EUROPE/NORWAY - EU Trade Commissioner Peter Mandelson has warned Sovereign Wealth Funds (SWFs) not to respond with "resentment or indifference" to growing concerns about the impact of their investments on recipient countries.

Speaking at a conference hosted by the Organisation for Economic Co-operation and Development (OECD), Mandelson claimed SWFs "simply cannot afford to underestimate how important reassurance about systems of transparency and governance is, in ensuring that unfounded suspicion doesn't mushroom into a protectionism that is in nobody's interest".

He suggested although state-backed investment did raise important questions about foreign influence and control, "these were often overstated" as European states "already had the necessary legal means to police inappropriate investment in their economies".

That said, Mandelson reiterated the European Commission's recent recommendations for a global code of conduct - developed in partnership with the funds themselves - could provide "political reassurance" to enable SWFs to operate beyond suspicion".

He claimed the code would not be an attempt to "restrict their freedom of movement unfairly", and instead suggested it would only mean "signing up to doing what they already do and not doing what they freely acknowledge would be a disaster for them".

In his speech, Mandelson admitted "there is nothing inherently suspicious about sovereign wealth, or the desire to invest it productively", but suggested the debate around SWFs may have escalated over the past six months because the "biggest new funds are in economies which have raised some sensitivities in our own politics".

In particular, he argued Chinese investment vehicles and the Russian stabilisation fund "are new investors, with huge reserves, backed by governments with mixed democratic credentials, substantial foreign policy projection and no track record as investors".

He told delegates Europe has "no interest" in a protectionist approach, and claimed there was no need for "new regulations or new laws", just the "reassurance" of a voluntary code which sets "basic standards of governance and transparency", such as periodic reporting, and publication of business plans.

At the same time, Tore Eriksen, secretary-general of the Norwegian Ministry of Finance - which has overall responsibility for the Government Pension Fund - Global - stated the value of the Norwegian SWF is expected to reach $600bn by the start of 2012.

Despite this, he claimed the projected steep rise in public pension expenditure will require "tighter fiscal policy" in a few years' time, so the fund invests in a wide range of financial instruments outside of Norway, to achieve "broad diversification and good investment returns with moderate financial risk".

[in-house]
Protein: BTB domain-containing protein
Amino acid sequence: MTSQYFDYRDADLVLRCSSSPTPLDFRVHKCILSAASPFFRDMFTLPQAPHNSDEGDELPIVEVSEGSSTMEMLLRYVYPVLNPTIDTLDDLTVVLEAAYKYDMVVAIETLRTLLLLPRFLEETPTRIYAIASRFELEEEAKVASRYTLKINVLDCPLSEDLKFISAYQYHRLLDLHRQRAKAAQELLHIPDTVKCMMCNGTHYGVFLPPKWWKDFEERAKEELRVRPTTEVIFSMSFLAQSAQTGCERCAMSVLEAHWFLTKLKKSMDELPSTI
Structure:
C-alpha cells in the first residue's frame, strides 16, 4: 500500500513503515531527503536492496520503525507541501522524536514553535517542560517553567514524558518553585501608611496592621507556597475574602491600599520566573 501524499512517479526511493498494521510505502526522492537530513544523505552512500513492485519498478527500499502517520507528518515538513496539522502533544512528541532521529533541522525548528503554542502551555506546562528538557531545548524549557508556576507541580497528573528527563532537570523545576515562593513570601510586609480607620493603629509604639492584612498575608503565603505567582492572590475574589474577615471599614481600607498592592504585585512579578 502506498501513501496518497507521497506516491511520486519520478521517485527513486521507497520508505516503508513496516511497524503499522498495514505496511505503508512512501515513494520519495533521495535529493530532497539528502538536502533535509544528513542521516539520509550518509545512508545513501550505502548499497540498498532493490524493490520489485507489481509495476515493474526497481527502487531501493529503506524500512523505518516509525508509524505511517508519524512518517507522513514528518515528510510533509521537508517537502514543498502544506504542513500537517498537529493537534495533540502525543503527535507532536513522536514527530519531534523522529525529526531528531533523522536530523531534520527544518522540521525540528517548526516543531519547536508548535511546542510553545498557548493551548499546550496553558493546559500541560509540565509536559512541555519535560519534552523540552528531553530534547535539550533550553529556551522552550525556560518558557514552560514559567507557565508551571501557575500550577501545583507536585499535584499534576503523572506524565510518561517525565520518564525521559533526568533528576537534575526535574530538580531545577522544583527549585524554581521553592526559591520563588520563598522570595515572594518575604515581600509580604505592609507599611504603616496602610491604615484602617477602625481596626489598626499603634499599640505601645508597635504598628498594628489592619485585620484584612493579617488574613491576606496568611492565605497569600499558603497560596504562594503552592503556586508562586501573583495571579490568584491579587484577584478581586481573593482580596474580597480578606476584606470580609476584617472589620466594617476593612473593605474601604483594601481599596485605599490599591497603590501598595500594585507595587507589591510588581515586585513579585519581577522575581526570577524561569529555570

The secretary-general confirmed while the fund has the majority of its investments in OECD countries, it does have approximately $15bn invested in non-OECD countries, and he said the Ministry of Finance is currently considering an expansion of the benchmark portfolio for equities to include an additional 14 non-OECD countries - although this will not be decided until June. 

That said, Eriksen claimed the fund has a "positive influence" on international financial markets, as it has "a long investment horizon, no leverage and no claims for the imminent withdrawal of funds".

In addition, the fund, which from 2007 has published full details of its voting record, already has "a high degree of transparency" and Eriksen agreed with Mandelson when he suggested "Increased transparency on the part of the funds" is "important to alleviate some of the concerns that have been voiced in the debate".

He also admitted a "cooperative effort between investors and recipient countries" is key to maintaining an open investment climate, and confirmed Norway would "contribute actively and constructively" in developing guidance to stop recipient countries imposing "unnecessarily restrictive policy responses to SWF investments".

However, he warned Norway could see no cause for introducing regulations which would "restrict the present investment activities of our fund", as Eriksen pointed out limiting the investments of oil-related SWFs would mean the "relative attractiveness of saving in the form of keeping oil in the ground would increase", which could indirectly destablilise the oil market.

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